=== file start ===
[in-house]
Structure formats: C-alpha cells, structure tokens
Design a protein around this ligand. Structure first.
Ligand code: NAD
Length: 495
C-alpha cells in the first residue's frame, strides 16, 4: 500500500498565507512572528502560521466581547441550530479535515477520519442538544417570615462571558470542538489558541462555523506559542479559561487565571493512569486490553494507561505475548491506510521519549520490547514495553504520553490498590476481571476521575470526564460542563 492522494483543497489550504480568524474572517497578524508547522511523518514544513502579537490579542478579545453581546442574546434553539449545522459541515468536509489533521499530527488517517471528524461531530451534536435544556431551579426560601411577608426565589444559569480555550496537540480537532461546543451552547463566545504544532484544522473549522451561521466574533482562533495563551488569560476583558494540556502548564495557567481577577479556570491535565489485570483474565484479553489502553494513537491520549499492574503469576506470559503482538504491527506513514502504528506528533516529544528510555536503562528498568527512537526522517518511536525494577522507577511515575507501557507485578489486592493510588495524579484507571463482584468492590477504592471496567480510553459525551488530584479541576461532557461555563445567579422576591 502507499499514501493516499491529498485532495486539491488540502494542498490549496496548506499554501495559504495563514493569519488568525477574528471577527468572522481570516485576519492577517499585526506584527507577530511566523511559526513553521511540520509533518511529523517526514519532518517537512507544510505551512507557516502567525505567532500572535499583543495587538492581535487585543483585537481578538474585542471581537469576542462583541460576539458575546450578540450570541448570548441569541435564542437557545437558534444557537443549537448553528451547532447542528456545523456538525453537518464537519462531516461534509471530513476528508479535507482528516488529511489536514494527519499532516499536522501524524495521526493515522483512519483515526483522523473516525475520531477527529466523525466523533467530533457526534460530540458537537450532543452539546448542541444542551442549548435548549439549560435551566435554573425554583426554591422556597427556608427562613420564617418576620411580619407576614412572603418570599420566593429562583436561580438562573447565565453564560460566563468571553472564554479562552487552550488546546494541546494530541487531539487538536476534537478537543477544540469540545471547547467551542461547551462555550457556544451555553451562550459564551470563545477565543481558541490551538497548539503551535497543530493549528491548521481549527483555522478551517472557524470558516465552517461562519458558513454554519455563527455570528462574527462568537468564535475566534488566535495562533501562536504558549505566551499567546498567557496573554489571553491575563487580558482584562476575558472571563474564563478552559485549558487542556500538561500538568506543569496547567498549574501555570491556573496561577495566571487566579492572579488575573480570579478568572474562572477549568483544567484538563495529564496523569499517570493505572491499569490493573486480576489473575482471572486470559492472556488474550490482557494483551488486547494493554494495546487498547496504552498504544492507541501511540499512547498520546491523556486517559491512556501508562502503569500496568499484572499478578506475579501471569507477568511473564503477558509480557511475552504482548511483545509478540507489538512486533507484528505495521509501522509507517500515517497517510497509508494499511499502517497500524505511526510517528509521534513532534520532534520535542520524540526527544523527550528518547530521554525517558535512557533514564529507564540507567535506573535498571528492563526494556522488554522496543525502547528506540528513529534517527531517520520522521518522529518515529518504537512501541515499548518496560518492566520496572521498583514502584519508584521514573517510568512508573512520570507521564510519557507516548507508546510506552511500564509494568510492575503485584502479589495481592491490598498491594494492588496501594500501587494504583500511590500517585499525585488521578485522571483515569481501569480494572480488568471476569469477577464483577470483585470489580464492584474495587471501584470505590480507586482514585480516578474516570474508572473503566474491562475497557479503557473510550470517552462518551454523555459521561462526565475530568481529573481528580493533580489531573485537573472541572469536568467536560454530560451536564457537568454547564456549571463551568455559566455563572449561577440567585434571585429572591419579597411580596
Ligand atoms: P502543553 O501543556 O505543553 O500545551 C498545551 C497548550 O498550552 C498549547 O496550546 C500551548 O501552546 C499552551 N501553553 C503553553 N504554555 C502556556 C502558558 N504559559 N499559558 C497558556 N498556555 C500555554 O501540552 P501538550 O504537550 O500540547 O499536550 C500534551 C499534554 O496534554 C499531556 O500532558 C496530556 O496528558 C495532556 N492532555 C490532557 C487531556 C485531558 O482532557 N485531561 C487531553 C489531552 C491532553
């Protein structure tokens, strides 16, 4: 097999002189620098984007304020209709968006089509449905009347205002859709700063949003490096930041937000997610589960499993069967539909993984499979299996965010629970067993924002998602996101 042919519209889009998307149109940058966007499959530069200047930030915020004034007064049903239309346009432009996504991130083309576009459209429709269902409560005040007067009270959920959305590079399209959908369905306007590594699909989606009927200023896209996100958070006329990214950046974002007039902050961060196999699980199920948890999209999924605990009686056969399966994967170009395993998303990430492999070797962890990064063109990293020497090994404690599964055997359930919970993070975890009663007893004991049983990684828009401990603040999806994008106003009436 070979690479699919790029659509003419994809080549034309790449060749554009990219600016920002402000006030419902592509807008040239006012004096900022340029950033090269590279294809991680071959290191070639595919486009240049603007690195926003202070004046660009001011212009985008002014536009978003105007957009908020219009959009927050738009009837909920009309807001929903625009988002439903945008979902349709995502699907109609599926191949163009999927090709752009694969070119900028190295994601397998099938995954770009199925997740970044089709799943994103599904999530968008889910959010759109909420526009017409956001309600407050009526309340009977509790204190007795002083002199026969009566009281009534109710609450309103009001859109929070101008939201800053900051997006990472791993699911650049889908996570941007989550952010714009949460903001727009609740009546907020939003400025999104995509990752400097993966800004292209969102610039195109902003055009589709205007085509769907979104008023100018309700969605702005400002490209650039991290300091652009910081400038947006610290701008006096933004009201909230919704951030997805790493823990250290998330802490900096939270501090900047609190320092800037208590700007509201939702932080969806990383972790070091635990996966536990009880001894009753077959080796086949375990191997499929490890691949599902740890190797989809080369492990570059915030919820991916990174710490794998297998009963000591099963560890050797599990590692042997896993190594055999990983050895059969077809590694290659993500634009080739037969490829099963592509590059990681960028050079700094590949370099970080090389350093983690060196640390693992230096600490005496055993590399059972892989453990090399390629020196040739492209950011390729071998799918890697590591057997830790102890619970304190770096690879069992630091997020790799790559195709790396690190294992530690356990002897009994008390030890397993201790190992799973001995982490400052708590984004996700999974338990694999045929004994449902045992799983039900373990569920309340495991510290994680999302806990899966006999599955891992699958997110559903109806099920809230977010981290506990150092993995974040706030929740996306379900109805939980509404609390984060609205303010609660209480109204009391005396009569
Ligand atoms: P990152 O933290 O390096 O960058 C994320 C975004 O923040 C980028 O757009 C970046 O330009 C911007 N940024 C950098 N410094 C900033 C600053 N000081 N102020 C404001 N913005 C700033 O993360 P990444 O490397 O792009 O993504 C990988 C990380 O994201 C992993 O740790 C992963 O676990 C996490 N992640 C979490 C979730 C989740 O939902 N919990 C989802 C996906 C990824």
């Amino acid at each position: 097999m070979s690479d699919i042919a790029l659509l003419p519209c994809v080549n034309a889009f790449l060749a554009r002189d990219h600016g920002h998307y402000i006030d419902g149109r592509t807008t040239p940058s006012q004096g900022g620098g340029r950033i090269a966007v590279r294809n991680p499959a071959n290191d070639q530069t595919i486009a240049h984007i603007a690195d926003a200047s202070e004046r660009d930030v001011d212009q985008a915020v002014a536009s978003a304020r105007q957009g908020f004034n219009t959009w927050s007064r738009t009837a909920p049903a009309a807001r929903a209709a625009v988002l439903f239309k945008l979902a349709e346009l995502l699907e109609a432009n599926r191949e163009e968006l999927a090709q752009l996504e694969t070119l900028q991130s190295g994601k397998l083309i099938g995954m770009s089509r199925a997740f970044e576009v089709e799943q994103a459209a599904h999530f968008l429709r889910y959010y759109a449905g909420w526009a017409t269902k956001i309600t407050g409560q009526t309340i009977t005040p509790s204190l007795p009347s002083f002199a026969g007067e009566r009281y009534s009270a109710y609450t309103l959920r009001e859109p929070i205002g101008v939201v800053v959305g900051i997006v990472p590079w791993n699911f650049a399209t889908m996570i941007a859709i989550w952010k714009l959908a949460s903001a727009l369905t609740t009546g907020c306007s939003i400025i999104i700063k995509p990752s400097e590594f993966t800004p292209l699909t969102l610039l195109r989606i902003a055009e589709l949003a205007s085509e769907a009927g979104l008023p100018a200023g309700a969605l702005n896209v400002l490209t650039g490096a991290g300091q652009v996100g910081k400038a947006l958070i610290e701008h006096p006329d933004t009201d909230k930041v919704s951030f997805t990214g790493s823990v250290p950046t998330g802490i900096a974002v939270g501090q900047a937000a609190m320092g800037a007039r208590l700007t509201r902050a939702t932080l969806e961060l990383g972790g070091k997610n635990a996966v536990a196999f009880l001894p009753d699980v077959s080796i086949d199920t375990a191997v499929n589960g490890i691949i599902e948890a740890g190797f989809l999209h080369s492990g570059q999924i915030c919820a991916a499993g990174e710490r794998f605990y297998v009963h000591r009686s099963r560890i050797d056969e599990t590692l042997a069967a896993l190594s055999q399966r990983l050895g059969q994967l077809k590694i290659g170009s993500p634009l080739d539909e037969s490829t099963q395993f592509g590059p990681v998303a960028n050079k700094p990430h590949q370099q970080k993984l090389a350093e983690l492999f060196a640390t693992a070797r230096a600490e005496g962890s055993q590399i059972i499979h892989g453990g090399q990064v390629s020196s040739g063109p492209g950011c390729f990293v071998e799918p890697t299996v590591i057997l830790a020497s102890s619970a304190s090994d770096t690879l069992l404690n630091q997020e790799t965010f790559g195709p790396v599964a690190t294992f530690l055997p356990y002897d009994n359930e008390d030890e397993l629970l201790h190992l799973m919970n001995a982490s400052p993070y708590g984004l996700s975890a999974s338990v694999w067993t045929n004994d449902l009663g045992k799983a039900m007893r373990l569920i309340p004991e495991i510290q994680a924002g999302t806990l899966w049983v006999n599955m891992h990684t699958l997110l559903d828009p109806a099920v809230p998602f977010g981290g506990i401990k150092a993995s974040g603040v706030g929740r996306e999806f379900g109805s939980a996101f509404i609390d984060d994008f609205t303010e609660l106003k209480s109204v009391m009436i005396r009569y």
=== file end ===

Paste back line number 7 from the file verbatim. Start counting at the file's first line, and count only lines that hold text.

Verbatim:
Ligand atoms: P502543553 O501543556 O505543553 O500545551 C498545551 C497548550 O498550552 C498549547 O496550546 C500551548 O501552546 C499552551 N501553553 C503553553 N504554555 C502556556 C502558558 N504559559 N499559558 C497558556 N498556555 C500555554 O501540552 P501538550 O504537550 O500540547 O499536550 C500534551 C499534554 O496534554 C499531556 O500532558 C496530556 O496528558 C495532556 N492532555 C490532557 C487531556 C485531558 O482532557 N485531561 C487531553 C489531552 C491532553